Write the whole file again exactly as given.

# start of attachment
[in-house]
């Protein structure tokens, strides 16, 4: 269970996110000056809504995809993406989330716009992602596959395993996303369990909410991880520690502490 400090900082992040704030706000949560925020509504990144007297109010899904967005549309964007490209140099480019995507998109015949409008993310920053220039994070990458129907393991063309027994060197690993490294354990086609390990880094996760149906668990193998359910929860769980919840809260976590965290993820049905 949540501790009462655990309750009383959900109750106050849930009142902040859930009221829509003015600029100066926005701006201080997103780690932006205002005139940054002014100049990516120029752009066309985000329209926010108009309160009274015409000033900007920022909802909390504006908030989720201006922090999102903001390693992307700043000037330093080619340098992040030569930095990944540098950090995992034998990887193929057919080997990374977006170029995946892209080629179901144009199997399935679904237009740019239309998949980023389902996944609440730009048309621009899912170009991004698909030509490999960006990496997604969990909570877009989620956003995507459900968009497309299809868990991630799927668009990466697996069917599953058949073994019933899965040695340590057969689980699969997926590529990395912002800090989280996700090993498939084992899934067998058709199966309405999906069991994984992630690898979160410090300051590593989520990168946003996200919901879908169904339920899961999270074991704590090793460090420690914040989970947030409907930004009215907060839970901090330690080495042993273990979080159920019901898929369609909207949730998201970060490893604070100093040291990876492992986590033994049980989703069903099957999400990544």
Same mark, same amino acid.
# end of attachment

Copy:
[in-house]
């Protein structure tokens, strides 16, 4: 269970996110000056809504995809993406989330716009992602596959395993996303369990909410991880520690502490 400090900082992040704030706000949560925020509504990144007297109010899904967005549309964007490209140099480019995507998109015949409008993310920053220039994070990458129907393991063309027994060197690993490294354990086609390990880094996760149906668990193998359910929860769980919840809260976590965290993820049905 949540501790009462655990309750009383959900109750106050849930009142902040859930009221829509003015600029100066926005701006201080997103780690932006205002005139940054002014100049990516120029752009066309985000329209926010108009309160009274015409000033900007920022909802909390504006908030989720201006922090999102903001390693992307700043000037330093080619340098992040030569930095990944540098950090995992034998990887193929057919080997990374977006170029995946892209080629179901144009199997399935679904237009740019239309998949980023389902996944609440730009048309621009899912170009991004698909030509490999960006990496997604969990909570877009989620956003995507459900968009497309299809868990991630799927668009990466697996069917599953058949073994019933899965040695340590057969689980699969997926590529990395912002800090989280996700090993498939084992899934067998058709199966309405999906069991994984992630690898979160410090300051590593989520990168946003996200919901879908169904339920899961999270074991704590090793460090420690914040989970947030409907930004009215907060839970901090330690080495042993273990979080159920019901898929369609909207949730998201970060490893604070100093040291990876492992986590033994049980989703069903099957999400990544």
Same mark, same amino acid.